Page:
On the 27th of September, Emmanuel Macron, France's freshly elected President, gave a well-attended talk at the Sorbonne, Paris's most ancient university, on the subject of the route the EU ought to follow in the ten years to come. For those who did not know who he was, he sounded like the self-appointed President of the European Union, telling the public about a detailed program he was to follow in governing the EU. His audience must have had little doubt that President Macron's program is also an expression of the French political vanity that is to be satisfied after having been unsatisfied and in decline for the last century or so.
Nobody has asked, or at least not aloud, why President Macron felt it to be his role to set out what should be done in the European Union in the decade to come. A bona fide answer may be that there was no one else to fill the role or willing to play it, and because the EU alone was able to bring about all the good things that its member states were unable or unwilling to do in isolation. Neither of the two conditions is necessarily true.
All the points in the Macron program appeared to have something desirable. It is difficult to decide which ones are the most important. There is, for instance, the proposition to make a common minimum wage for the entire European Union. This would reduce the incentive of the people of the poor countries of the Union, for instance Romania, Bulgaria, and Greece and perhaps also Poland and Slovakia, to seek work in the richer countries while also benefiting from the lower social charges in their home countries. In this way, the so called "disloyal" competition for jobs would be reduced. It is, however, the case that identical minimum wages would also reduce the incentive for capital from Western Europe to migrate to the relatively poor Eastern European countries and to help develop their industries. Nor is it obviously a good thing for the corporate tax of each EU country to be roughly the same so has to have no incentive to make profits realised in one country rather than in another. Many of the proposed programs of the ten years to come have to do with education. There is to be a greater coordination between the teaching and the diplomas offered by the schools of each country, for young people from one European country to spend half a year in another European country and for about twenty new European universities to be established. Young soldiers could voluntarily serve for some time in the armies of other European countries. There is to be a joint military intervention force and also a joint military budget. There is also to be a reform of European agriculture, though it was not easy to see how farmers could get a more adequate price for their produce without consumers having to pay more of it. The Sorbonne program speaks more loudly of how money is to be spent, and less to explain how it is to be gained. There is to be a budget (there is already one every year in the financial management of the European Union) as well as a minister of finance. (Again, there already is one, Pierre Moscovici the European commissioner for economic and financial affairs, who has already signified that he will be a candidate for the new post of European finance minister). There are all the usual revenues of the European commission, much of which are being spent in the common agriculture policy. Where is the new revenue to finance the new expenditure envisaged? Mr. Macron in his speech spoke of the so-called Tobin Tax, [see James Tobin] which all the experts have condemned as useless and counter-productive. There was also mention of a corporate tax which is going to be harmonised. Unfortunately, this is not to be a source of additional revenue because the harmonisation is expected to result in a European corporate tax whose average will in fact be lower than at present. Finally, the Sorbonne speech counts on a new tax to be levied on the European earnings of a half a dozen giant American high-tech companies, who at present pay no American corporate tax because their earnings are not repatriated to America. It is from this untaxed money left in Europe that a new European tax is supposed to be found. However, the American tax law is likely to be modified, so that the European earnings of the high-tech giants will be repatriated to America and their availability for Europe will become questionable. Whichever way we look at it there may well be a European finance minister and a treasury, but little or no revenue available for it. It is an open secret that Mr. Macron submitted the text of his speech to Chancellor Angela Merkel before delivering it, but we do not know which part the German Chancellor advised to delete. It is a fair guess that it was a part having to do with Eurobonds, by which comfortably solvent member countries of the Eurozone would lend their surpluses to the less comfortably placed. In other words, the Eurobond will be an instrument by which Germany transfers its surplus to France to Italy and perhaps even Greece. As an economic commentator said in deadpan seriousness, "France will be responsible for consumption and Germany for production."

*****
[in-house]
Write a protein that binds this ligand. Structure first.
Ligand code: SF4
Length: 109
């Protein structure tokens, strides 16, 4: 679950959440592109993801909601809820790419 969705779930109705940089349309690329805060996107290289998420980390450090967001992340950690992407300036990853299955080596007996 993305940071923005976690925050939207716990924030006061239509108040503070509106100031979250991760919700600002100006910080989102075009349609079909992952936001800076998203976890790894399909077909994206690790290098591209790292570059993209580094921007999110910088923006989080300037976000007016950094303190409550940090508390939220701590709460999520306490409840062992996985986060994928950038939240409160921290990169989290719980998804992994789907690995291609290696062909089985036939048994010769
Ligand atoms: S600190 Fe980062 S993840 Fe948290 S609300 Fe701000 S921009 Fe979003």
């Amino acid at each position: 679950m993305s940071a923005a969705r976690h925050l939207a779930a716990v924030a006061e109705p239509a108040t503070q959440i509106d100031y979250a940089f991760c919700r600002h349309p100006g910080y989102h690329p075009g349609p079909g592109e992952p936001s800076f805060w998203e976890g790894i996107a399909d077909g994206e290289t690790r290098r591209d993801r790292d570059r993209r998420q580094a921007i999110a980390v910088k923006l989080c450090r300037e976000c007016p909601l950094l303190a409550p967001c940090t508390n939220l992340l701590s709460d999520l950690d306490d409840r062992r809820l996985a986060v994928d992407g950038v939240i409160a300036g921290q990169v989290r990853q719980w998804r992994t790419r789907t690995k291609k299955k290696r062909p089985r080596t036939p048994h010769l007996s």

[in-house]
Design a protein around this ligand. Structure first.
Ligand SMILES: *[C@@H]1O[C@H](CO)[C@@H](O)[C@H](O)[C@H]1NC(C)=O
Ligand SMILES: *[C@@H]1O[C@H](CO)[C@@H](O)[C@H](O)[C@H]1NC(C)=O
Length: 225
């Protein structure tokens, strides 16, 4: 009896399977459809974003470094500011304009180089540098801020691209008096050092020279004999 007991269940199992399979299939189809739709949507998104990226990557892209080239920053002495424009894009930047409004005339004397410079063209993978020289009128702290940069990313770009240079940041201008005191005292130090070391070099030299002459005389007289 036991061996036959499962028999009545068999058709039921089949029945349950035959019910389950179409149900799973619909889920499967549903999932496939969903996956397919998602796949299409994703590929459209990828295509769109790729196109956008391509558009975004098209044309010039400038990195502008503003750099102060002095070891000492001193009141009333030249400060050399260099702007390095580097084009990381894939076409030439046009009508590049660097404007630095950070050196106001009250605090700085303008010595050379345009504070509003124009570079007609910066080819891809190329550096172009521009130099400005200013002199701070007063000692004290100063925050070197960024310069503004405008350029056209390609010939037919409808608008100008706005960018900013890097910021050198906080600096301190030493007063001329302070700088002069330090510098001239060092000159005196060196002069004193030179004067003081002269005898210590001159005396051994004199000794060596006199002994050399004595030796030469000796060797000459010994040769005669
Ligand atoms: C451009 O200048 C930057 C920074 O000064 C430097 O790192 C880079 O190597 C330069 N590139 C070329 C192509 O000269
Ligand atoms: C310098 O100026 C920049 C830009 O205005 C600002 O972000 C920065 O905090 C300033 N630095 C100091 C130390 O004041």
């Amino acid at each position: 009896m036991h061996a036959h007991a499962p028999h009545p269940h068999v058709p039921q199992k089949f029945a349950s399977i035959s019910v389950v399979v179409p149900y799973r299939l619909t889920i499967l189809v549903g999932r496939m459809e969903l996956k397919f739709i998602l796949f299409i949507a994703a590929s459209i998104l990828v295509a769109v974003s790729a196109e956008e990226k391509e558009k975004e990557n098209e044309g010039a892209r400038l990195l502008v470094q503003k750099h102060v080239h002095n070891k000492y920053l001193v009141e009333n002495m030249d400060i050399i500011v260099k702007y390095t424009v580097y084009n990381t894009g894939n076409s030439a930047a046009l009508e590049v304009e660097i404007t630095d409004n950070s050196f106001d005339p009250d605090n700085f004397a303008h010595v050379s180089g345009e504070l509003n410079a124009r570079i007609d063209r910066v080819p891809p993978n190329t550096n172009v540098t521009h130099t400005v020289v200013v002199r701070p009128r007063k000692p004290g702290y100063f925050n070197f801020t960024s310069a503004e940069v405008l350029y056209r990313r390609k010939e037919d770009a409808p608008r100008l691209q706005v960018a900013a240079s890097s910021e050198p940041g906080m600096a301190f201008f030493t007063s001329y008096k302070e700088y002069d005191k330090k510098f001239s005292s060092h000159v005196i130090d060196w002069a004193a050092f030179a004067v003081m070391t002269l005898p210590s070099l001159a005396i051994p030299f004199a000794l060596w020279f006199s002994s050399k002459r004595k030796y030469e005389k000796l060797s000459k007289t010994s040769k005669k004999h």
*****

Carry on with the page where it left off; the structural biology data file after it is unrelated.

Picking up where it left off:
For more on these topics, see the Library of Economics and Liberty articles by Anthony de Jasay, "Those Selfish Germans", June 3, 2013 and "Thinking About the Euro-bond", May 1, 2017.
See also the March 2017 EconTalk podcast episode Crafts, Garicano, and Zingales on the Economic Future of Europe; and European Union, by Marian L. Tupy in the Concise Encyclopedia of Economics.
Officially, Germany has always maintained good manners when it was a question of their being called upon to pay for others, notably France. Good manners were, however, not always maintain by everybody, and many semi-official Germans have talked about the Eurozone as a "transfer union," in which Germany pays and the others receive. Since the disappointing election suffered by Chancellor Merkel earlier in September, she has no majority in the Bundestag and is compelled to form a coalition in which the Liberal party (in American English the Conservative party) will have just under 10 percent and a veto right about playing the "transfer-union." Even if she were inclined to play the ungrateful role of helping Mr. Macron by being the leader who everybody else should follow, she would be unable to do so because the liberals would prevent her and because most of the German public would not want to play the role of the German who is good enough to pay for the others. The chances are that France will go on playing the role of leader that its vanity demands, but playing the role will not have very tangible political and economic consequences.